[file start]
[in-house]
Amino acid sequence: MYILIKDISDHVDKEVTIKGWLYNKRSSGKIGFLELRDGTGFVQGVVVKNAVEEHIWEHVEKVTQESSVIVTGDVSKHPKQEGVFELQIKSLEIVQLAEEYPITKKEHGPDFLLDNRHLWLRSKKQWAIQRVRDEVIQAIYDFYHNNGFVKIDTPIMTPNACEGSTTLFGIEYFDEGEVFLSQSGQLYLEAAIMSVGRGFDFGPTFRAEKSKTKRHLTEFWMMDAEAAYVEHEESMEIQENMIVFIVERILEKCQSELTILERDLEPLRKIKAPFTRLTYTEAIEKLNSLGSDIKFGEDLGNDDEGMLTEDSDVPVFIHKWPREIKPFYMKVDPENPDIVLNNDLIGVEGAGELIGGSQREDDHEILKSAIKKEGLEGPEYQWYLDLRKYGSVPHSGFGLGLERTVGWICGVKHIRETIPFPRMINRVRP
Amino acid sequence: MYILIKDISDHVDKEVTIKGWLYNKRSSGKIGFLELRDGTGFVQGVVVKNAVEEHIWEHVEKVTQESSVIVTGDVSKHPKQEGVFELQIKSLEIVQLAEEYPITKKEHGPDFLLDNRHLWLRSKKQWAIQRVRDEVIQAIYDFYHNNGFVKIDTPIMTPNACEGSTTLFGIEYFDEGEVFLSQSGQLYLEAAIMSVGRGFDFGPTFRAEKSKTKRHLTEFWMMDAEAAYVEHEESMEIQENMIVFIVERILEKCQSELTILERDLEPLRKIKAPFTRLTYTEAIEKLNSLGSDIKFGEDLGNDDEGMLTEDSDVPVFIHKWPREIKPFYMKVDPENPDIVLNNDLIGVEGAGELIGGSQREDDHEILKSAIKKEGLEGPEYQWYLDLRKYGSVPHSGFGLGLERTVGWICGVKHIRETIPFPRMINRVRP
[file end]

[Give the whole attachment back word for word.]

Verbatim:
[in-house]
Amino acid sequence: MYILIKDISDHVDKEVTIKGWLYNKRSSGKIGFLELRDGTGFVQGVVVKNAVEEHIWEHVEKVTQESSVIVTGDVSKHPKQEGVFELQIKSLEIVQLAEEYPITKKEHGPDFLLDNRHLWLRSKKQWAIQRVRDEVIQAIYDFYHNNGFVKIDTPIMTPNACEGSTTLFGIEYFDEGEVFLSQSGQLYLEAAIMSVGRGFDFGPTFRAEKSKTKRHLTEFWMMDAEAAYVEHEESMEIQENMIVFIVERILEKCQSELTILERDLEPLRKIKAPFTRLTYTEAIEKLNSLGSDIKFGEDLGNDDEGMLTEDSDVPVFIHKWPREIKPFYMKVDPENPDIVLNNDLIGVEGAGELIGGSQREDDHEILKSAIKKEGLEGPEYQWYLDLRKYGSVPHSGFGLGLERTVGWICGVKHIRETIPFPRMINRVRP
Amino acid sequence: MYILIKDISDHVDKEVTIKGWLYNKRSSGKIGFLELRDGTGFVQGVVVKNAVEEHIWEHVEKVTQESSVIVTGDVSKHPKQEGVFELQIKSLEIVQLAEEYPITKKEHGPDFLLDNRHLWLRSKKQWAIQRVRDEVIQAIYDFYHNNGFVKIDTPIMTPNACEGSTTLFGIEYFDEGEVFLSQSGQLYLEAAIMSVGRGFDFGPTFRAEKSKTKRHLTEFWMMDAEAAYVEHEESMEIQENMIVFIVERILEKCQSELTILERDLEPLRKIKAPFTRLTYTEAIEKLNSLGSDIKFGEDLGNDDEGMLTEDSDVPVFIHKWPREIKPFYMKVDPENPDIVLNNDLIGVEGAGELIGGSQREDDHEILKSAIKKEGLEGPEYQWYLDLRKYGSVPHSGFGLGLERTVGWICGVKHIRETIPFPRMINRVRP